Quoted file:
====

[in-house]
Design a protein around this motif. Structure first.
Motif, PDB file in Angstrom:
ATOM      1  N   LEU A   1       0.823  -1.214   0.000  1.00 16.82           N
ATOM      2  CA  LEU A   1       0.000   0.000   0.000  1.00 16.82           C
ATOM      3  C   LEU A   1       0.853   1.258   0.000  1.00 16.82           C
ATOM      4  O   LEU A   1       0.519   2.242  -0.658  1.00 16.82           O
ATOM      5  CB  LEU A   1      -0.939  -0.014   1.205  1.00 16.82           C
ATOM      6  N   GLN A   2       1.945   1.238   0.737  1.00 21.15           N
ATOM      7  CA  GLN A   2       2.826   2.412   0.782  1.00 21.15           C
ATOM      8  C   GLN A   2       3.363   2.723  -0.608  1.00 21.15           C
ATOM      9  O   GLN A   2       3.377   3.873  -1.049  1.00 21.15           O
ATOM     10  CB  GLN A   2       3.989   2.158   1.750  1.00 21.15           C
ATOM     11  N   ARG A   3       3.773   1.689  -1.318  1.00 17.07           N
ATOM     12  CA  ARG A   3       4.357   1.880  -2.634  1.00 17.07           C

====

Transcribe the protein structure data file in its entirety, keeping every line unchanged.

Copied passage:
[in-house]
Design a protein around this motif. Structure first.
Motif, PDB file in Angstrom:
ATOM      1  N   LEU A   1       0.823  -1.214   0.000  1.00 16.82           N
ATOM      2  CA  LEU A   1       0.000   0.000   0.000  1.00 16.82           C
ATOM      3  C   LEU A   1       0.853   1.258   0.000  1.00 16.82           C
ATOM      4  O   LEU A   1       0.519   2.242  -0.658  1.00 16.82           O
ATOM      5  CB  LEU A   1      -0.939  -0.014   1.205  1.00 16.82           C
ATOM      6  N   GLN A   2       1.945   1.238   0.737  1.00 21.15           N
ATOM      7  CA  GLN A   2       2.826   2.412   0.782  1.00 21.15           C
ATOM      8  C   GLN A   2       3.363   2.723  -0.608  1.00 21.15           C
ATOM      9  O   GLN A   2       3.377   3.873  -1.049  1.00 21.15           O
ATOM     10  CB  GLN A   2       3.989   2.158   1.750  1.00 21.15           C
ATOM     11  N   ARG A   3       3.773   1.689  -1.318  1.00 17.07           N
ATOM     12  CA  ARG A   3       4.357   1.880  -2.634  1.00 17.07           C